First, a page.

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As national stories break on campus, Ohio State student journalists step up

August 10, 2018
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As news alerts began pouring into his phone last week, Colin Gay knew he had to get out from behind the concession stand. College football journalist Brett McMurphy was reporting that Ohio State coach Urban Meyer knew about domestic violence allegations against one of his assistants, and Gay, the sports editor at Ohio State’s student newspaper, The Lantern, had to write. He went to his supervisor at the Columbus, Ohio, movie theater where he had taken a summer job, and said he had to end his shift early. “I told my boss ‘I need to leave, right now,’” Gay says. “I knew I needed to get this story up because this is way bigger than me, way bigger than my minimum-wage summer job. This is information that people need to know.”

Gay is one of a handful of Ohio State student journalists who have found themselves in the middle of two major national stories this summer. The one shaking the college football world at the moment involves allegations of domestic abuse by former Buckeyes assistant coach Zach Smith, which has resulted in Meyer, one of the most successful coaches in modern history, being placed on administrative leave while the school investigates what he knew, and when. The other deals with sexual misconduct by Richard Strauss, a former wrestling team doctor, who is accused of assaulting more than 100 students during a tenure with the university that lasted decades, and has involved questions about what Ohio Representative Jim Jordan knew of Strauss’s behavior when he served as an assistant wrestling coach in the late 1980s and early 1990s.

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“This summer has been sort of a trial by fire,” says Lantern Editor in Chief Edward Sutelan, a rising senior at the university. With a summertime staff of half a dozen reporter/editors, The Lantern has published a steady stream of pieces chronicling two stories that cross the boundaries of sports and touch on national conversations about sexual abuse, domestic violence, and institutional negligence. In Columbus, summer is usually a time to look ahead to Ohio State football, but over the past two months, space usually devoted to preseason previews has been filled with stories on police reports and internal investigations.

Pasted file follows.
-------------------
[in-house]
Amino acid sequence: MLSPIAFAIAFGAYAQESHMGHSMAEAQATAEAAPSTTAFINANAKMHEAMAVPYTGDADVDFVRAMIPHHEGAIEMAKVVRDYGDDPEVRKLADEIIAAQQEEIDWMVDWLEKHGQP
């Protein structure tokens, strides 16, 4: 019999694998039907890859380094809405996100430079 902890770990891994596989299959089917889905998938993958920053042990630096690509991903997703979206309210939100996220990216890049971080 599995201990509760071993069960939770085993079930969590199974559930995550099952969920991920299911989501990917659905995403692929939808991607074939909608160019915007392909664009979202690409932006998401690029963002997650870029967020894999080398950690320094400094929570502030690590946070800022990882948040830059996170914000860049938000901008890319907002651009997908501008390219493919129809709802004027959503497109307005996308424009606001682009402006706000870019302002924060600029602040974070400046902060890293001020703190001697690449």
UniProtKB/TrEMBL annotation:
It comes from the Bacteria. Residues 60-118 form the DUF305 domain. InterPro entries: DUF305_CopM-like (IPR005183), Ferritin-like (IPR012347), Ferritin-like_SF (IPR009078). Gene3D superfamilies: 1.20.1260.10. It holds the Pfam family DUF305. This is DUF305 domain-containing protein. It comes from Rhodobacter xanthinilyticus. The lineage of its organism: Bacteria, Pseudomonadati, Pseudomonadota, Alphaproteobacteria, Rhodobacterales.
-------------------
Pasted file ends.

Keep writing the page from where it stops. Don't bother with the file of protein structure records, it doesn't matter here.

Even for experienced journalists, there are few issues more delicate to report on than sexual abuse and domestic violence, and the staff at The Lantern says they understand the unique position in which they’ve been placed. They’ve spent the past couple of months digging through police reports, digesting class action lawsuits and, most challengingly, learning to deal with sensitive subjects. “The gravity of these stories was something that was brand new to me,” Gay says. “I’ve had to ask a lot of questions about how to approach certain story ideas.”

The day before he rushed from the movie theater, Gay published a piece on male victims of sexual assault in which he interviewed one of the men who says Stauss abused him. (Strauss died by suicide in 2005). “That was the most difficult story I’ve ever had to write, to approach a topic that’s hard to ask about.”

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This summer has been sort of a trial by fire.